Citation(s) from the GunPolicy.org literature library
Pefole, Katleho. 2004 ‘Illegal Arms.’ Hide and Seek: Taking Account of Small Arms in Southern Africa, p. 56. Pretoria: Institute for Security Studies. 1 October
Armed conflict and liberation struggles in Southern African countries have left a legacy of illegal arms in the region. Despite this Lesotho has arguably one of the lowest numbers of illegal arms in the region, mainly because there was not the same degree of external support for armed opposition forces(21) as experienced in, for example, Mozambique and Angola.
The widespread cultivation of dagga (cannabis) and the growth in illegal diamond mining are both factors that could fuel the proliferation of small arms in Lesotho. Research in other countries has shown a clear link between drug and precious minerals trafficking and small arms.(22)
The illicit trade in both diamonds and cannabis occurs mostly between Lesotho citizens and South Africans, as does the trade in stolen livestock and hijacked vehicles. Firearms are a strong feature of all the above activities and in all of them there are ties to syndicates in other countries of the region.(23)
Firearms are also allegedly brought into Lesotho by Basotho mineworkers returning from South Africa.(24)
Both civilian and security personnel interviewed alleged that officers of the Lesotho and South African police services are involved in the proliferation of small arms in Lesotho and participate in criminal syndicates.(25)
Groups connected to some form of underworld trade seem to have the easiest access to illegal firearms.(26) It is believed that these groups have connections to corrupt police officers, both in Lesotho and in South Africa.(27) Connection to these groups can also mean easy access to illegal firearms.(28)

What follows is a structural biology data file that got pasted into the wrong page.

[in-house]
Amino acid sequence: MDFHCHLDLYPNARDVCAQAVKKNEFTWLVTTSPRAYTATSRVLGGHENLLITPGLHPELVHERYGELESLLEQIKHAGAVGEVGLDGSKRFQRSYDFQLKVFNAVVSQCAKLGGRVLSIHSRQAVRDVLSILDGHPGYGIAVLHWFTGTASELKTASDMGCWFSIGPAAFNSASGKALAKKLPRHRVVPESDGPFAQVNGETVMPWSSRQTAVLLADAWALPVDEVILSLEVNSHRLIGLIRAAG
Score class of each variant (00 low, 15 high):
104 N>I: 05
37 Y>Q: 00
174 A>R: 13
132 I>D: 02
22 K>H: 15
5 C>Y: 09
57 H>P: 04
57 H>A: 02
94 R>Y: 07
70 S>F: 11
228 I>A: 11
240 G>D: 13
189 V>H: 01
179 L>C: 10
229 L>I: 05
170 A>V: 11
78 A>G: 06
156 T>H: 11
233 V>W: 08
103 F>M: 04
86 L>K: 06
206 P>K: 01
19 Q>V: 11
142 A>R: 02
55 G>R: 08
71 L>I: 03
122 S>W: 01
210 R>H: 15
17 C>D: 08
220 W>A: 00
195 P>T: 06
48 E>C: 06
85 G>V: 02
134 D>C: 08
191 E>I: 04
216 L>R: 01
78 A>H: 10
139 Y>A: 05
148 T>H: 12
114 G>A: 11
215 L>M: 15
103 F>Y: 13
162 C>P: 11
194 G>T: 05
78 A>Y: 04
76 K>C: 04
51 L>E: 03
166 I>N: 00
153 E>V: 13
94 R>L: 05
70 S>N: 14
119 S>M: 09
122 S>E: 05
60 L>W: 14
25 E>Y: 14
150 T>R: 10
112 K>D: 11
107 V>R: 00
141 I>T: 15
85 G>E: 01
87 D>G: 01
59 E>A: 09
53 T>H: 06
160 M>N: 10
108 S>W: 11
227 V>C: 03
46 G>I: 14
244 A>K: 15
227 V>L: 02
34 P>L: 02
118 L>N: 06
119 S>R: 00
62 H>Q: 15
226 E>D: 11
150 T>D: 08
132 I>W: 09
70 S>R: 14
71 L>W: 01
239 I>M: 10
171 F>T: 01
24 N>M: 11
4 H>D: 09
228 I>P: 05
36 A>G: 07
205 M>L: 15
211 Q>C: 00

Respondents indicated that corrupt police officers do not necessarily use their government issued firearms in their work with syndicates, but may use personal firearms or illegal firearms from South Africa.(29)
21) Gill 1993, p157. Gill says that the BCP's military Lesotho Liberation Army (LLA) was assisted by Libya and the Pan Africanist Congress (PAC) from South Africa and ironically, the South Africa Apartheid State.
22) Honwana, J and Lamb, G. "Small Arms Proliferation and Drug Trafficking in Southern Africa: A Conceptual Paper", Centre for Conflict Resolution, Cape Town. http://ccrweb.ccr.uct/ac/za/staff_papers/guy_small_arms_drugs.
23) A report by the Lesotho Police Services indicates that a joint operation targeted at theft and hijacking of motor vehicles, illicit drug trafficking, illicit firearms trafficking and stock theft carried out between Lesotho, South Africa, Swaziland and Mozambique resulted in the recovery 110 vehicles, 7 firearms and 81 bags of dagga. "Country Report by the Commissioner of Police Lesotho", SARPCCO 8th Annual General Meeting, 1-5th September 2003, Maputo, Mozambique, p.9.
24) This was raised by a number of the interviewees who said they knew that their mineworker neighbours held illegal firearms. It was also mentioned in an interview with Senior Superintendent Monyane Thibeli & Senior Inspector Ts'eliso Makote of the Stocktheft Unit at Police headquarters Maseru on the 12th November 2003. It has been suggested that this is because mineworkers tend to show off their guns more than any other group that owns guns.
25) Interview with Senior Superintendent Monyane Thibeli & Senior Inspector Ts'eliso Makote, Stocktheft Unit, Police Headquarters, Maseru, 12th November 2003.
26) An incident was reported over Moafrika Radio in Maseru, Lesotho, where on Wednesday, 19 November 2003, a cash-in- transit vehicle was attacked and robbed during the day by a group of armed people.
27) A total of 35 respondents said they believed the police were a source for illegal firearms.
28) This was mentioned during meeting between Sergeant Litabe, of the Firearms Unit and the board of the Association of Private Security Companies, held on 26th November 2003, which the writer attended.
29) An interview with a village headman in Berea, Pulane suggested the contrary. The headman spoke of an incident where a police officer was expelled from the police service because stock thieves had used his police issued arm, without the firearm being reported lost or stolen.